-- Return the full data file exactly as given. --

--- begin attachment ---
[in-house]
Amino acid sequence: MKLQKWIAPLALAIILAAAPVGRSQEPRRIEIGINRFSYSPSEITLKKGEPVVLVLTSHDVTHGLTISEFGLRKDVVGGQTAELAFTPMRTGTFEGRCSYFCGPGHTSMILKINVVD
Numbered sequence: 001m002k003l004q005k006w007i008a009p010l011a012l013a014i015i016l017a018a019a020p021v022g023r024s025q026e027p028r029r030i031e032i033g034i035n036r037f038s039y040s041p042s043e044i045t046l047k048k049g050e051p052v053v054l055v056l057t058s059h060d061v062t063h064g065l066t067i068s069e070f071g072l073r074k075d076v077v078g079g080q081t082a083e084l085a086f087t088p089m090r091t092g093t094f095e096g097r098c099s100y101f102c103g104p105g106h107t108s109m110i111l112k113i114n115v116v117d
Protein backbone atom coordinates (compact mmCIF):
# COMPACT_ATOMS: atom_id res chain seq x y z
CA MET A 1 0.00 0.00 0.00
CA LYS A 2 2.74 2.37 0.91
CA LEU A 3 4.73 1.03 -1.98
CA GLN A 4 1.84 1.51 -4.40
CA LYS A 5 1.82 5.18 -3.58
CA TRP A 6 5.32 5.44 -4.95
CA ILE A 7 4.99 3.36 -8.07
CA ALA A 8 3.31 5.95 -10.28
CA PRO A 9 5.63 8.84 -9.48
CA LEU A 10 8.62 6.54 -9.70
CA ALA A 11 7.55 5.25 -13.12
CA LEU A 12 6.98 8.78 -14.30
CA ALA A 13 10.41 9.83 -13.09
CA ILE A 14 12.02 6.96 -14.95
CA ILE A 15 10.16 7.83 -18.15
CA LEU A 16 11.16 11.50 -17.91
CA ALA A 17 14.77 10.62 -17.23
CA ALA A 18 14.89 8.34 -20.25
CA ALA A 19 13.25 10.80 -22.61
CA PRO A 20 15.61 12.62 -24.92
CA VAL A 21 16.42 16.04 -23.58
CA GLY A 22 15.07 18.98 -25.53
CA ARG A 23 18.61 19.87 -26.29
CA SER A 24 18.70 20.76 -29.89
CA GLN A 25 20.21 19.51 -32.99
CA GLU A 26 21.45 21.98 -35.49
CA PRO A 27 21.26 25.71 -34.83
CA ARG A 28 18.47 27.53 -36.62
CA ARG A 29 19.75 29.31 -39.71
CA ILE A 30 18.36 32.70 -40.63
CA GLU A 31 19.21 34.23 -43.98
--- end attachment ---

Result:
[in-house]
Amino acid sequence: MKLQKWIAPLALAIILAAAPVGRSQEPRRIEIGINRFSYSPSEITLKKGEPVVLVLTSHDVTHGLTISEFGLRKDVVGGQTAELAFTPMRTGTFEGRCSYFCGPGHTSMILKINVVD
Numbered sequence: 001m002k003l004q005k006w007i008a009p010l011a012l013a014i015i016l017a018a019a020p021v022g023r024s025q026e027p028r029r030i031e032i033g034i035n036r037f038s039y040s041p042s043e044i045t046l047k048k049g050e051p052v053v054l055v056l057t058s059h060d061v062t063h064g065l066t067i068s069e070f071g072l073r074k075d076v077v078g079g080q081t082a083e084l085a086f087t088p089m090r091t092g093t094f095e096g097r098c099s100y101f102c103g104p105g106h107t108s109m110i111l112k113i114n115v116v117d
Protein backbone atom coordinates (compact mmCIF):
# COMPACT_ATOMS: atom_id res chain seq x y z
CA MET A 1 0.00 0.00 0.00
CA LYS A 2 2.74 2.37 0.91
CA LEU A 3 4.73 1.03 -1.98
CA GLN A 4 1.84 1.51 -4.40
CA LYS A 5 1.82 5.18 -3.58
CA TRP A 6 5.32 5.44 -4.95
CA ILE A 7 4.99 3.36 -8.07
CA ALA A 8 3.31 5.95 -10.28
CA PRO A 9 5.63 8.84 -9.48
CA LEU A 10 8.62 6.54 -9.70
CA ALA A 11 7.55 5.25 -13.12
CA LEU A 12 6.98 8.78 -14.30
CA ALA A 13 10.41 9.83 -13.09
CA ILE A 14 12.02 6.96 -14.95
CA ILE A 15 10.16 7.83 -18.15
CA LEU A 16 11.16 11.50 -17.91
CA ALA A 17 14.77 10.62 -17.23
CA ALA A 18 14.89 8.34 -20.25
CA ALA A 19 13.25 10.80 -22.61
CA PRO A 20 15.61 12.62 -24.92
CA VAL A 21 16.42 16.04 -23.58
CA GLY A 22 15.07 18.98 -25.53
CA ARG A 23 18.61 19.87 -26.29
CA SER A 24 18.70 20.76 -29.89
CA GLN A 25 20.21 19.51 -32.99
CA GLU A 26 21.45 21.98 -35.49
CA PRO A 27 21.26 25.71 -34.83
CA ARG A 28 18.47 27.53 -36.62
CA ARG A 29 19.75 29.31 -39.71
CA ILE A 30 18.36 32.70 -40.63
CA GLU A 31 19.21 34.23 -43.98